Together with Mainz Cathedral and Speyer Cathedral, it is one of the imperial cathedrals on the Rhine. In total, there are seven imperial cathedrals in Germany. The history of the cathedral is divided into two decades. The first begins with the construction of the original cathedral, i.e. the church commissioned by the influential Bishop Burchard. The second begins with the rebuilding of the same cathedral, only a few hundred years later. In the year 1000, Burchard was appointed Bishop of Worms. He felt that the existing church was neither large enough nor up to date. Without further ado, he had the three-nave basilica demolished. A new church was built in just 15 years. An extremely short period of time for the time.  The contours of this “first Worms cathedral” essentially corresponded to the shape of today’s cathedral. Burchard died in 1025, and his successor Burchard II and his successor Conrad II had this building demolished piece by piece a few years later in order to erect a new, more impressive place of worship. In 1181, St. Peter’s Cathedral was finally consecrated in the form in which it is still known today. The proud building, which has a very special architecture in its fusion of Gothic and Romanesque styles, has experienced a varied history since then. Emperors were crowned or married there. The coronation of Pope Leo IX also took place there in 1048. In 1521, the theologian Martin Luther resisted the revocation demanded by the emperor and the pope in the immediate vicinity.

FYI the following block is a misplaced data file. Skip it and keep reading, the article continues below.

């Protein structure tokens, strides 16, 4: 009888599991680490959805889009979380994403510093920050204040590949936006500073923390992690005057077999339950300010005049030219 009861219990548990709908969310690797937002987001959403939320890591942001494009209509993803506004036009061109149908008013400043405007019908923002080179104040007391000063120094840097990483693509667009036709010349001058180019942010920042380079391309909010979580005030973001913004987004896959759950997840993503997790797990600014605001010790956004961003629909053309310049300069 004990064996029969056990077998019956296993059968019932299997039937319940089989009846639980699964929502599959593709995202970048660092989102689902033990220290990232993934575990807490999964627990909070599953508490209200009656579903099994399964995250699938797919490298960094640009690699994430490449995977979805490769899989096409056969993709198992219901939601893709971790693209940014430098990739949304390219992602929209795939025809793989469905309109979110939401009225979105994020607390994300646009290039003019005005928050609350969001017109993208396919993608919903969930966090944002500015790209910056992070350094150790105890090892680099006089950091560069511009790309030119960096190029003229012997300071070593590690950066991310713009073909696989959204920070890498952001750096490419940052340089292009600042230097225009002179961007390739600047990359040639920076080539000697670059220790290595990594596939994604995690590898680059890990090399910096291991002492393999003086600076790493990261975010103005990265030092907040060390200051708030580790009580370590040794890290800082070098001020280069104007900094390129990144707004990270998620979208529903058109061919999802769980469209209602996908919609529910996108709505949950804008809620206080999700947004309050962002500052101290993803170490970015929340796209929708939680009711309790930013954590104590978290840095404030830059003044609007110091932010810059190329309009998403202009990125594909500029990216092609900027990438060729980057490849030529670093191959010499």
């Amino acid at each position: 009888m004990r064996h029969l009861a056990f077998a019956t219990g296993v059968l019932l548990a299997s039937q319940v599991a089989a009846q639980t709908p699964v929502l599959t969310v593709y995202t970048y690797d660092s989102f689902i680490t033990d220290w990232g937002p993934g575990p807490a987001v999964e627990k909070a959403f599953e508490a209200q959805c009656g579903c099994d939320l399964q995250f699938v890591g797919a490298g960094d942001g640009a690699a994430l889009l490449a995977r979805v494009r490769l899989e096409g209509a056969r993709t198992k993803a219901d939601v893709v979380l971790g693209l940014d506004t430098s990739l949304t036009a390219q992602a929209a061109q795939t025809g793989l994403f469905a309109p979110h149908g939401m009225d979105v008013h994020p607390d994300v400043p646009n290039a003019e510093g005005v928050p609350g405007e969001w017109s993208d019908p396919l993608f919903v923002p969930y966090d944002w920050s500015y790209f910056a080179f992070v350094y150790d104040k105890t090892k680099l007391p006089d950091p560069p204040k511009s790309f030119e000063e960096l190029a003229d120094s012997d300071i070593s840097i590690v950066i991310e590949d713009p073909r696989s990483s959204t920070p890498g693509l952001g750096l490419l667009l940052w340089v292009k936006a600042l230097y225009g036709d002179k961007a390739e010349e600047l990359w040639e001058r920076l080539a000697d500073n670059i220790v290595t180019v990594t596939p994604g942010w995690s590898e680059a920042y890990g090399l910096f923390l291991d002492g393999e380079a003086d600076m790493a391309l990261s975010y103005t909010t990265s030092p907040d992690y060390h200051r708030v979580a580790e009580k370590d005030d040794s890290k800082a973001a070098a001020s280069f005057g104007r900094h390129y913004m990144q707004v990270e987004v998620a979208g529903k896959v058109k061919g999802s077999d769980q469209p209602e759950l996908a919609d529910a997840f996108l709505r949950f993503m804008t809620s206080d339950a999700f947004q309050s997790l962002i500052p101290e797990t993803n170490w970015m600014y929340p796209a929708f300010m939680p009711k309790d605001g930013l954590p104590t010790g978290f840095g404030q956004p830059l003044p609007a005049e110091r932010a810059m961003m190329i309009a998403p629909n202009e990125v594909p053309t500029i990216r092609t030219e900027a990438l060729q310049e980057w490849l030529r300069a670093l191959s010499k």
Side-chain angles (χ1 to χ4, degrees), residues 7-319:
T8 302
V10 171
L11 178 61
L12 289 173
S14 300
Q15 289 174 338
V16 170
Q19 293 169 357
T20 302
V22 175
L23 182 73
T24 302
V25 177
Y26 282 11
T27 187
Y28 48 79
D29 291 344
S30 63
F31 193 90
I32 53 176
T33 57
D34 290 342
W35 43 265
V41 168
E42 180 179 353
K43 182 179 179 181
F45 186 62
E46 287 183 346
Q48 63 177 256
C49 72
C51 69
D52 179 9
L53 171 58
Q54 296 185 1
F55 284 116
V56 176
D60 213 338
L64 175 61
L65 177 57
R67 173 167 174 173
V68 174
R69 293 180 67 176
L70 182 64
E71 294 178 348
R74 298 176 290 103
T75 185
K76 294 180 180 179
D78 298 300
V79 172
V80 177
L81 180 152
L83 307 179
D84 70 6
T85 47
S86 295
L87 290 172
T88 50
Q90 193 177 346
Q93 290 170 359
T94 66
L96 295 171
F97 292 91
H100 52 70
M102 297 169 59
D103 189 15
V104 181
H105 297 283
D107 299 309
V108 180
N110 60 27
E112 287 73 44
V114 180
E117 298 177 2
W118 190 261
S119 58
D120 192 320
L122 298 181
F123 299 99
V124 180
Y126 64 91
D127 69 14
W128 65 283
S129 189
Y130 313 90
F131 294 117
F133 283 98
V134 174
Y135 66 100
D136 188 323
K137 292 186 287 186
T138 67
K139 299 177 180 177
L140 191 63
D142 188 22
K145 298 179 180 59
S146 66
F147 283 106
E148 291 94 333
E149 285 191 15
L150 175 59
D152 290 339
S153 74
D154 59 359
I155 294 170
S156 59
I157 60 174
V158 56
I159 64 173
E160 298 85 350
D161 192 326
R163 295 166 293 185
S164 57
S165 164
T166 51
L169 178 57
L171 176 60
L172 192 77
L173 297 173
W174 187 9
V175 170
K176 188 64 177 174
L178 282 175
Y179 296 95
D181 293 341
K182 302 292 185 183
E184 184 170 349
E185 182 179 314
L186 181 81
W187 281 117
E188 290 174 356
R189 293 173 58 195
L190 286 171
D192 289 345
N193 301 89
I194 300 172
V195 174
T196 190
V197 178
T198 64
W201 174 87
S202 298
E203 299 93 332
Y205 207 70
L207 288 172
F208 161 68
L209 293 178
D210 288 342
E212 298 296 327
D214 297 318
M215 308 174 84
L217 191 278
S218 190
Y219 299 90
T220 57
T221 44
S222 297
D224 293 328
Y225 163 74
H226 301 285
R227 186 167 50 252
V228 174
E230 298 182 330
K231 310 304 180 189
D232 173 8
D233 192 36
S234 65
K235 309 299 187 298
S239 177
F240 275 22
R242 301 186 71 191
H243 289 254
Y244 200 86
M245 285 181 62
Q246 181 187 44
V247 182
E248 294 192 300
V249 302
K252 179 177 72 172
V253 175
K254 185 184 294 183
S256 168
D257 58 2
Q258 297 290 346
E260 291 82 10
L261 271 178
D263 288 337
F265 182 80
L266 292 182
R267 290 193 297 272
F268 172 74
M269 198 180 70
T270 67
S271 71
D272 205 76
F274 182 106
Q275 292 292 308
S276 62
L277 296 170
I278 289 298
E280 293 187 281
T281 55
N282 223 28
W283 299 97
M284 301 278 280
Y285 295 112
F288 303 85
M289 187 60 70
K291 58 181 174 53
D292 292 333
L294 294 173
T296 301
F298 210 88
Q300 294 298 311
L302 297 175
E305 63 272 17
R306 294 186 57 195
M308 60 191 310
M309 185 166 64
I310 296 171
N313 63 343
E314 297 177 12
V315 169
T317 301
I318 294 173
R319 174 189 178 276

Destruction and construction